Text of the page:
That’s not enough, Republicans say, and the GOP proposal presented last month would eliminate about two-thirds of the deficit in fiscal 2012 and the rest by fiscal 2013.

“The Democrat plan is silent with regard to when the structural deficit will be completely fixed,” O’Donnell said. This budget “doesn’t solve our problem and it kicks the can down the road.”

Bohanan, the chair of the Education and Economic Development Subcommittee, said Democrats refused to cut deeper because any further reductions could “decimate” education funding. The committee voted last week to restore about $58 million of the $94 million O’Malley cut in funding for K-12.

“That’s the one priority we continue to hold and maintain,” Bohanan said.

The House gets the first shot at the budget this year. Bohanan said the Senate is “in sync” with the majority of the House plan, but the two chambers will likely have to reconcile differences on pension reform.

The House is proposing to change O’Malley’s pension reform plan by requiring state employees to pay 7 percent of their salaries instead of 5 percent into their pension plans. O’Malley’s proposal would have given state employees the option to choose between 7 percent and 5 percent contributions.

The Senate on the other hand could move toward a shift to have local governments help pay for pensions. The House last year rejected a “wholesale shift,” Bohanan said.

“The main thing is going to be pensions,” he said. “We’ll be in sync on education funding, but pension reform will be different.”

By Capital News Service’s David Saleh Rauf.

Compromises in the Works for Tubman Statue Bill

Thursday, March 17th, 2011

ANNAPOLIS –  A bill to place a statue of Harriet Tubman in the U.S. Capitol will likely look a little different when it comes up for a vote in committee.

Sen. Catherine Pugh, D-Baltimore, said Thursday that she is working with the Senate Education, Health, and Environmental Affairs Committee to offer amendments to the bill “that will not divide the House or Senate, but I don’t know what that will look like.”

The bill, which is opposed by Senate President Thomas V. “Mike” Miller Jr., would move a statue of colonial Maryland statesman John Hanson out of its place in National Statuary Hall in Washington to Annapolis, putting a statue of Tubman, the Civil War-era former slave and abolitionist, in its place.

Hanson was the first president of the Continental Congress after the Articles of Confederation were adopted in 1781, leading some to consider him the first president of the new nation’s first government. Tubman, who many know as a conductor of the Underground Railroad, was also a scout and nurse for the Union Army during the Civil War.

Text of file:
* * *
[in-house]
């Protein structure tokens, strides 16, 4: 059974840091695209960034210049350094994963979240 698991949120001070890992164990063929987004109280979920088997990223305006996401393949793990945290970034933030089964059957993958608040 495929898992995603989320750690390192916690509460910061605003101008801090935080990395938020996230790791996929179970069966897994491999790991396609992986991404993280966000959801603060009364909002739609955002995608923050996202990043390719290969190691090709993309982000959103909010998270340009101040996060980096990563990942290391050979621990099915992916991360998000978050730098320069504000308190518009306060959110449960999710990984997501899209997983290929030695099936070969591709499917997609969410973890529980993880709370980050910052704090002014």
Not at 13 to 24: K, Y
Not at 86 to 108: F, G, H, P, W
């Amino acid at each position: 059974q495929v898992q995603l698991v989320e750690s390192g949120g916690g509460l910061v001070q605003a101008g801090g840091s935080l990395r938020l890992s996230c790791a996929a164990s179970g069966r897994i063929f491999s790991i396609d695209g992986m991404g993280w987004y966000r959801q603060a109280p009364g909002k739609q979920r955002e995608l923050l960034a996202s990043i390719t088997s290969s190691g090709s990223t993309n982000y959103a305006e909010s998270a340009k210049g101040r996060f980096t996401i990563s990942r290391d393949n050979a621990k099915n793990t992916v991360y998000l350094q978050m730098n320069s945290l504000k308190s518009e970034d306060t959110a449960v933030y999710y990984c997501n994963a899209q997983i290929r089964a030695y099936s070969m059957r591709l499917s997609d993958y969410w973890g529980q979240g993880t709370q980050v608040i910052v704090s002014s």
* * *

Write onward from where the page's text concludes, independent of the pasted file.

One amendment being considered would put the statues on a rotation, swapping one for another every few years, though the time period is not yet specified. Another option is asking for an exception to each state’s allowance of two statues in the collection.

The bill to permanently switch the statues has support from Gov. Martin O’Malley and groups like the National Organization for Women and the NAACP, as well as the Legislative Black Caucus and the women’s caucus, but has been opposed staunchly by Miller and others who feel Tubman should be honored without moving Hanson.

Pugh said she expects the bill to come up for a committee vote in the next week, as the General Assembly has less than a month left in the 2011 session.

Delegate Susan Lee, D-Montgomery, is sponsoring the bill in the House and said she had hoped it would be a conflict-free, feel-good piece of legislation for the General Assembly to pass this session.

“We want this to be a unified body behind this legislation,” Lee said.

The creation of the Tubman statue and the transportation of both statues would be funded by private donations.

– By Capital News Service’s Holly Nunn.

Senate Gets In St. Patrick’s Day Spirit

Thursday, March 17th, 2011

ANNAPOLIS — The Maryland Senate kicked off St. Patrick’s Day in style with bagpipes, a string quartet and a ballad from a former lawmaker.

Two bagpipers and the quartet provided the backdrop for former Sen. Tim Ferguson’s rendition of “Danny Boy.” Ferguson, who croons to the Senate annually on St. Patrick’s Day, received a standing ovation for his performance.

Click below to listen to today’s Senate serenade.

By Capital News Service’s David Saleh Rauf.